Nanoxia Ncore Retro: Mechanical, Water Resistant, 'Warehouse 13' Style Keyboard

Despite the mark on mechanical keyboards, not a lot of PC users have actually tried a classic mechanical typewriter, with round keys as well as the distinctive look, feel and sound. For those feeling nostalgic, Nanoxia this week introduced a keyboard with a retro look and round keys, which resembles the steampunk keyboards used by the Warehouse 13 characters in their office. One of the important things to mention is that this mechanical keyboard is also water resistant.

Despite its classic yet fancy look, the Nanoxia Ncore Retro is a modern keyboard based on the Kailh White switches (similar to Cherry Blue, with an operational force of 50 cN/peak actuation at 60 cN) and aimed at gamers. The keyboard is made of plastic but features chromium plating on each of the keys to give it a distinctive look. The Ncore Retro supports 15 multimedia keys accessed with the help of the FN key as well as typical features of keyboards designed for gamers, such as 6-key and N-key rollover, 1000 Hz polling rate, anti-ghosting and so on. The keyboard uses USB interconnection and is listed to be only compatible with Microsoft Windows. Each of the keys is rated to 70 million presses.

Nanoxia Ncore Retro General Specifcations
Number of Keys 104 105
Switch Kailh White
Multimedia Keys 15 (accessed with the FN key)
N-key Rollover Support Yes
Interface USB 1.1 with 1.8 m cable
Removable Keys Yes
Compatibility Microsoft Windows XP/Vista/7/8/10
Water Resistant Design Yes
Color Black
Color of Keys Black/Silver
Dimensions 465 × 150 × 69 mm
Weight 1300 grams
MSRP €109.99 (incl. 19% VAT)

One of the important features of the Nanoxia Ncore Retro, besides its extravagant look, is its water resistant design. The company did not mention whether the keyboard is IP-rated and thus is capable of withstanding water immersion, but Nanoxia did state that it can withstand a spill of a glass of water over it. In any case, water resistance also means easy and safe clearing.

The Nanoxia Ncore Retro is one of the first keyboards to use Kailh’s white switches to give users a different haptic feeling compared to other keyboards (and a little closer to that of actual typewriters). The Kailh White switches have an advertised tactile force of approximately 61 grams as well as a distinctive click. In addition, the manufacturer claims that its new switches have a life expectancy of 70 million hits per key because of the improved key shaft.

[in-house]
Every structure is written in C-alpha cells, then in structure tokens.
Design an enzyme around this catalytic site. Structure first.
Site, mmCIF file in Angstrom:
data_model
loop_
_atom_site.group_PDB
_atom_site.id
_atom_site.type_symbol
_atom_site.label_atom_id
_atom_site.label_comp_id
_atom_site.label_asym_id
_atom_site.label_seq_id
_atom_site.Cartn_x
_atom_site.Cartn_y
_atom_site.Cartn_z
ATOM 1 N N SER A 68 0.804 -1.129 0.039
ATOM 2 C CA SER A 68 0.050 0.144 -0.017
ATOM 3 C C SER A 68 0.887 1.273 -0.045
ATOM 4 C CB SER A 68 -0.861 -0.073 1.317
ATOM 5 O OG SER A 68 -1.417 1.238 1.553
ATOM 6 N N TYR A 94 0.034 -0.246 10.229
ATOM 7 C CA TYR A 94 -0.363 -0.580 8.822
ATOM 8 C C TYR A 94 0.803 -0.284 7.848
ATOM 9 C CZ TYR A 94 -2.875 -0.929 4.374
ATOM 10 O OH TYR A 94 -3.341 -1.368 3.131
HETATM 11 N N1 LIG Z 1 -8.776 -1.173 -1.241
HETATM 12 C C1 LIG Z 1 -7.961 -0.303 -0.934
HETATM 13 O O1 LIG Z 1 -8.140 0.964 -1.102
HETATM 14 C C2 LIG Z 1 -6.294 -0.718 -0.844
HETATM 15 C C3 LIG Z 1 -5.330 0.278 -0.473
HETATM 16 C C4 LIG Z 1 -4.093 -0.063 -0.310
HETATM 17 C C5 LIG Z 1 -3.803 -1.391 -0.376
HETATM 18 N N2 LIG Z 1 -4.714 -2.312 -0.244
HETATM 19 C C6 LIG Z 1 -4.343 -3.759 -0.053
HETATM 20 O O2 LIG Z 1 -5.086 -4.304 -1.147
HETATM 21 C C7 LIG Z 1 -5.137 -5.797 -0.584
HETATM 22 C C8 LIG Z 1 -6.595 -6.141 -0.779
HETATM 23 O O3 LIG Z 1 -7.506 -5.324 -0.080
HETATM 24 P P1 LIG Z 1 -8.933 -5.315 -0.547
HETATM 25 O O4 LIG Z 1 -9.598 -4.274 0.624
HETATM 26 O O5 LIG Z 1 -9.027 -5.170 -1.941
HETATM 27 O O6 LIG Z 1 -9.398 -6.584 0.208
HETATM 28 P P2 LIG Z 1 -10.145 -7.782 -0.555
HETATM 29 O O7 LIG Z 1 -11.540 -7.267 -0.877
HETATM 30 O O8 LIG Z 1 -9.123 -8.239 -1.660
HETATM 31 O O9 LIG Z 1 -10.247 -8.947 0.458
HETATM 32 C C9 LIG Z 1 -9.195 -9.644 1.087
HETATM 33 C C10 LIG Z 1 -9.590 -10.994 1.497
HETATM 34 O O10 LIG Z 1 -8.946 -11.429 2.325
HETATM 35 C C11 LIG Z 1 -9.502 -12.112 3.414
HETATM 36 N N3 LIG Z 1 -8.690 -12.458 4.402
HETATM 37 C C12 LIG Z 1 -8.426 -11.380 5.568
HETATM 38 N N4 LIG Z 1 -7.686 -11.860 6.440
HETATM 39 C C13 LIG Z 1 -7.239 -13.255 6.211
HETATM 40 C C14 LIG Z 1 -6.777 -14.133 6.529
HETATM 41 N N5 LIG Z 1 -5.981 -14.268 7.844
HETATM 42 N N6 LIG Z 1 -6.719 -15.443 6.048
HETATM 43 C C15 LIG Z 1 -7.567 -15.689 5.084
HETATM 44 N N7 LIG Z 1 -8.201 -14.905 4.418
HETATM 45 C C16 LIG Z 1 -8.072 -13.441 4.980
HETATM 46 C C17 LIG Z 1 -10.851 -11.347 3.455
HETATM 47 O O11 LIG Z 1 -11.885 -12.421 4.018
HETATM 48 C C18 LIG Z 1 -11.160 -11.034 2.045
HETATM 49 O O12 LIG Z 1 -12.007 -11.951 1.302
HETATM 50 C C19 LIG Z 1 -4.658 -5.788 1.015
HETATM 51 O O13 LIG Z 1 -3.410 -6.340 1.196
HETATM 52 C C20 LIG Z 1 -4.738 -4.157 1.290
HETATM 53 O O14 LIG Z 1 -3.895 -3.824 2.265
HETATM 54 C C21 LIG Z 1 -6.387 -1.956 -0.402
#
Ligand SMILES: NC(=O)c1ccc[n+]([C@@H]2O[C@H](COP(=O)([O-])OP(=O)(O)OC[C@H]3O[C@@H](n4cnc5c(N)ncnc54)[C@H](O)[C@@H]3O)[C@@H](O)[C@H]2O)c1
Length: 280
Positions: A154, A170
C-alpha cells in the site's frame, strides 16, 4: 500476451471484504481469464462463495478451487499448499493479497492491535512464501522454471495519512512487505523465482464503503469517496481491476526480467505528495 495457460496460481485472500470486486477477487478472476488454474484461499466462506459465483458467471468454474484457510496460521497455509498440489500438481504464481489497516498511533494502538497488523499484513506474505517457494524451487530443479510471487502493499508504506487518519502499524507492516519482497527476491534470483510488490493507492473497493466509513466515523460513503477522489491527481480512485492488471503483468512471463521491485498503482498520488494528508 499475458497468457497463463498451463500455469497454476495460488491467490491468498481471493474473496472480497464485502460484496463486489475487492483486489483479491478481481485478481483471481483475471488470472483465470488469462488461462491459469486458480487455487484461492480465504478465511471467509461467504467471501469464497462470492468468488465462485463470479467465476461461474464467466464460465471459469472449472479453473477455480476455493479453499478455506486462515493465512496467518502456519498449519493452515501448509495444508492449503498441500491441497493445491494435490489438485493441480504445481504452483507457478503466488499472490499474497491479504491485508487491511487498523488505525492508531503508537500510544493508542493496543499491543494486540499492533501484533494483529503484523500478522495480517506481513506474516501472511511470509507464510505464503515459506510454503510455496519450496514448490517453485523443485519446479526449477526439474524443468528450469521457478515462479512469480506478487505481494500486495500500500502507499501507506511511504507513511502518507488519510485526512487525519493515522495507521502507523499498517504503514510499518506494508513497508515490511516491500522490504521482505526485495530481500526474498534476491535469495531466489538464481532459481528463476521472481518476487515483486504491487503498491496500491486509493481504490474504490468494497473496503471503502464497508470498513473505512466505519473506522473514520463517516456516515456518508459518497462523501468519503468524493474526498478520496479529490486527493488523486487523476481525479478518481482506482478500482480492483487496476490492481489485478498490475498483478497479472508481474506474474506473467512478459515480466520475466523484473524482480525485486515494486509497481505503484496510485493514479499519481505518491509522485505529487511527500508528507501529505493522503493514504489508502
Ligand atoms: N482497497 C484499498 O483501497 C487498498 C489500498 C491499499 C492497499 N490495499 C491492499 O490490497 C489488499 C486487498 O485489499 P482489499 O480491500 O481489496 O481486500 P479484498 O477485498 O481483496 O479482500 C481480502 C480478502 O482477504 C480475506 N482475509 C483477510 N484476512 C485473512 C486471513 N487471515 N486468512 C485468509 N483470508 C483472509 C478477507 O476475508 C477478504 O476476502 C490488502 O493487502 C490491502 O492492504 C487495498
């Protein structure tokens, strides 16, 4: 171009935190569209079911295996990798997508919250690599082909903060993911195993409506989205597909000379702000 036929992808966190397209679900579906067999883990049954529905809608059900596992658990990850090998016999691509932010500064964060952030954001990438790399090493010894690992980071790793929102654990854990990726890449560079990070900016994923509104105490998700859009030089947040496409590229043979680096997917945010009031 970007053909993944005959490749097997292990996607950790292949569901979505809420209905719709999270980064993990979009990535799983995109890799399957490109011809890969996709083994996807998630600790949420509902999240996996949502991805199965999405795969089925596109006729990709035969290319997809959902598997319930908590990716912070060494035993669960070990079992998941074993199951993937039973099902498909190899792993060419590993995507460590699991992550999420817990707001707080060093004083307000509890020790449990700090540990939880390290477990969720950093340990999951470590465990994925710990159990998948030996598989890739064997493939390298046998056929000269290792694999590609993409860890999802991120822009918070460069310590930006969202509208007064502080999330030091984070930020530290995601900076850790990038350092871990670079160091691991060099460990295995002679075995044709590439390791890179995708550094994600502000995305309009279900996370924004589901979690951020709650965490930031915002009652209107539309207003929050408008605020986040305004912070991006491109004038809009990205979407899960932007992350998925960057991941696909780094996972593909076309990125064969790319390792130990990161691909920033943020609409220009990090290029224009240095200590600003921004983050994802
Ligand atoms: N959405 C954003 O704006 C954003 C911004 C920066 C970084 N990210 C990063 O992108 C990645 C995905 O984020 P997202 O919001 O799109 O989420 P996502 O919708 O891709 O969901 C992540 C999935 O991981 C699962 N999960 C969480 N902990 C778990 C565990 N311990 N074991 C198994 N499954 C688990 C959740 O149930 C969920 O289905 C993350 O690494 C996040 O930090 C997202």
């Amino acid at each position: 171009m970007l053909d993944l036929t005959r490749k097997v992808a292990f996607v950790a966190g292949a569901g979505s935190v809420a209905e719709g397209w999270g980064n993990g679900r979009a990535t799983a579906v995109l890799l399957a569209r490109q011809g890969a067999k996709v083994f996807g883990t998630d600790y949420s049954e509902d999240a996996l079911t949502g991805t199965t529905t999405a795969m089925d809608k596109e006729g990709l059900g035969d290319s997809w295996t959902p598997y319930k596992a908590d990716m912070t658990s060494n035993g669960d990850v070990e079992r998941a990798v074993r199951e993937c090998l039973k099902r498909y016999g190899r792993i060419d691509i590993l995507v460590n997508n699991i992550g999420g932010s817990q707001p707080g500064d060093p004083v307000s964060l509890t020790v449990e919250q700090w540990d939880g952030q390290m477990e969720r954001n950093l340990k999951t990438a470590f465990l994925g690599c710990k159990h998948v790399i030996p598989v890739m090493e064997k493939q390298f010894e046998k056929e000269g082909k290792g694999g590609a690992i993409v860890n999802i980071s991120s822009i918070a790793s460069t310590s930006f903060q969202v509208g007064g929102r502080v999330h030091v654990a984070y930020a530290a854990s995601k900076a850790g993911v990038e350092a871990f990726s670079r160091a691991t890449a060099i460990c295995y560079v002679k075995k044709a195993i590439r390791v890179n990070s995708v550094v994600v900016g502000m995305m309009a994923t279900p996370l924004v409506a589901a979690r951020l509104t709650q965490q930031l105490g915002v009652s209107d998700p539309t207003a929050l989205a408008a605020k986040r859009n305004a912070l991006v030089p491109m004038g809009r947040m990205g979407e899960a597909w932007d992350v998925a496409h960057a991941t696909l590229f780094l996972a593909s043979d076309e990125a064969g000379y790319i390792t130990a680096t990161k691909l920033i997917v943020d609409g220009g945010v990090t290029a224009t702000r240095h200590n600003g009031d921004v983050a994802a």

Comparison of Mechanical Keyboard Switches
  Kailh White AZ Linear AZ Tactile Razer Green Cherry MX
Actuation Point 1.9 mm 1.7 mm 1.7 mm 1.9 mm ± 0.4 mm 2 mm/2.2 mm ± 0.6 mm
Actuation vs Reset Point no data no data no data 0.4 mm no data
Total Travel 4 mm 4 mm 4 mm 4 mm 4 mm
Actuation Force 51 g 45 g 45 g 50 g 45-55 g
Actuation Feel tactile linear soft tactile soft tactile linear/tactile
Switch Lifecycle 70 million 60 million 60 million 60 million 50 million
Switch Color white olive mustard green red/brown/

Nanoxia will offer three versions of its Ncore Retro with a German (which means QWERTZ as well as some additional letters), a UK and a US layout. The keyboards will initially be available in retail stores in Europe for €109.99 (that's including 19% tax) this month. The company did not mention US availability, however we would expect it to do so in due course.

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SilverStone Launches 33mm Nitrogon NT08-115XP CPU Cooler for Ultra-Thin PCs

SilverStone has introduced its new CPU cooler designed for ultra-thin PCs, such as thin mini-ITX as well as mini-STX systems. The cooling solution is as thin as an Intel coolers, but this one is rated to cool chips with up to 65 W TDP.

The SilverStone Nitrogon NT08-115XP CPU cooler has a core made of solid copper as a well as an aluminum radiator with bifurcated fins. The cooling system is equipped with a sleeve bearing fan with 1200 ~ 3400 RPM rotating speed that can create air flow of up to 16 CFM. The new Nitrogon NT08-115XP is 101 mm wide and 33 mm tall meaning that it is compatible with a variety of low-profile systems that do not have a lot of tall components around their CPU sockets. Despite its relatively small dimensions, the cooler is rated to a thermal conductivity for up to 65 W, a typical TDP of quad-core microprocessors with powerful integrated GPUs.

SilverStone positions its new Nitrogon-series cooler (SST-NT08-115XP) as a companion for its VT01 Mini-STX chassis, but the device can naturally be used for all the other ultra-thin PCs as well. In fact, the SST-NT08-115XP can be attached to any motherboard with Intel’s LGA1150/1151/1155/1156 socket, but in the vast majority of cases it will be used inside current-gen machines that are based on Intel’s Skylake or Kaby Lake processors in LGA1151 packaging.

SilverStone Nitrogon NT08 Specifications
Material Copper center, extruded aluminum fins
Dimension with Fan 101 mm (W) × 33 mm (H) × 101 mm (D)
Air Pressure 0.3 ~ 2.43 mm H2O
Air Flow (CFM) 5.64 ~ 15.98CFM
Speed 1200 ~ 3400RPM
Noise 16.5 ~ 28.98 dBA
Type of Bearing Sleeve bearing
Life Expectancy 40,000 hours
Weight 292 grams